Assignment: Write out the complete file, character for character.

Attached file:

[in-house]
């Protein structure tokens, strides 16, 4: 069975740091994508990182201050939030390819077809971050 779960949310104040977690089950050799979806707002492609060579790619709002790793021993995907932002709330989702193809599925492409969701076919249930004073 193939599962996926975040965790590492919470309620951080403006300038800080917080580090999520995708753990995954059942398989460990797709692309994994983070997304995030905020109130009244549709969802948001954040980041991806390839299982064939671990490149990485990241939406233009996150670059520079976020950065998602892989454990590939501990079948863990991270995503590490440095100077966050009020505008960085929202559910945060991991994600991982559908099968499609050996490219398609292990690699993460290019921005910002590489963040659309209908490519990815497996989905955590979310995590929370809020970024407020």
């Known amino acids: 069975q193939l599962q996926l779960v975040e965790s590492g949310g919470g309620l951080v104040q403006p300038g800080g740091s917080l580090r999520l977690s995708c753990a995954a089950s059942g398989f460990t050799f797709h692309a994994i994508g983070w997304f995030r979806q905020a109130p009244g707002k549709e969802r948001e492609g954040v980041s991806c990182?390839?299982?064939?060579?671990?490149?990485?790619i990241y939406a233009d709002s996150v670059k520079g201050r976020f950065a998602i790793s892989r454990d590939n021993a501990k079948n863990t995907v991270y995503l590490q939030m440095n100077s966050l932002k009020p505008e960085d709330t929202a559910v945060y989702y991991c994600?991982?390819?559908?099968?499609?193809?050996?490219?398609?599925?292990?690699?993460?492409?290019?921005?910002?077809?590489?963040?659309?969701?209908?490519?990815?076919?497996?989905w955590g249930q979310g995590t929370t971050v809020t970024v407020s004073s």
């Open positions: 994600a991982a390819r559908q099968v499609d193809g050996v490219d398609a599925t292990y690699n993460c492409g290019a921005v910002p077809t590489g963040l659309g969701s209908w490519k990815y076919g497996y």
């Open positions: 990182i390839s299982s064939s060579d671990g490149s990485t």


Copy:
[in-house]
């Protein structure tokens, strides 16, 4: 069975740091994508990182201050939030390819077809971050 779960949310104040977690089950050799979806707002492609060579790619709002790793021993995907932002709330989702193809599925492409969701076919249930004073 193939599962996926975040965790590492919470309620951080403006300038800080917080580090999520995708753990995954059942398989460990797709692309994994983070997304995030905020109130009244549709969802948001954040980041991806390839299982064939671990490149990485990241939406233009996150670059520079976020950065998602892989454990590939501990079948863990991270995503590490440095100077966050009020505008960085929202559910945060991991994600991982559908099968499609050996490219398609292990690699993460290019921005910002590489963040659309209908490519990815497996989905955590979310995590929370809020970024407020």
């Known amino acids: 069975q193939l599962q996926l779960v975040e965790s590492g949310g919470g309620l951080v104040q403006p300038g800080g740091s917080l580090r999520l977690s995708c753990a995954a089950s059942g398989f460990t050799f797709h692309a994994i994508g983070w997304f995030r979806q905020a109130p009244g707002k549709e969802r948001e492609g954040v980041s991806c990182?390839?299982?064939?060579?671990?490149?990485?790619i990241y939406a233009d709002s996150v670059k520079g201050r976020f950065a998602i790793s892989r454990d590939n021993a501990k079948n863990t995907v991270y995503l590490q939030m440095n100077s966050l932002k009020p505008e960085d709330t929202a559910v945060y989702y991991c994600?991982?390819?559908?099968?499609?193809?050996?490219?398609?599925?292990?690699?993460?492409?290019?921005?910002?077809?590489?963040?659309?969701?209908?490519?990815?076919?497996?989905w955590g249930q979310g995590t929370t971050v809020t970024v407020s004073s």
């Open positions: 994600a991982a390819r559908q099968v499609d193809g050996v490219d398609a599925t292990y690699n993460c492409g290019a921005v910002p077809t590489g963040l659309g969701s209908w490519k990815y076919g497996y």
């Open positions: 990182i390839s299982s064939s060579d671990g490149s990485t």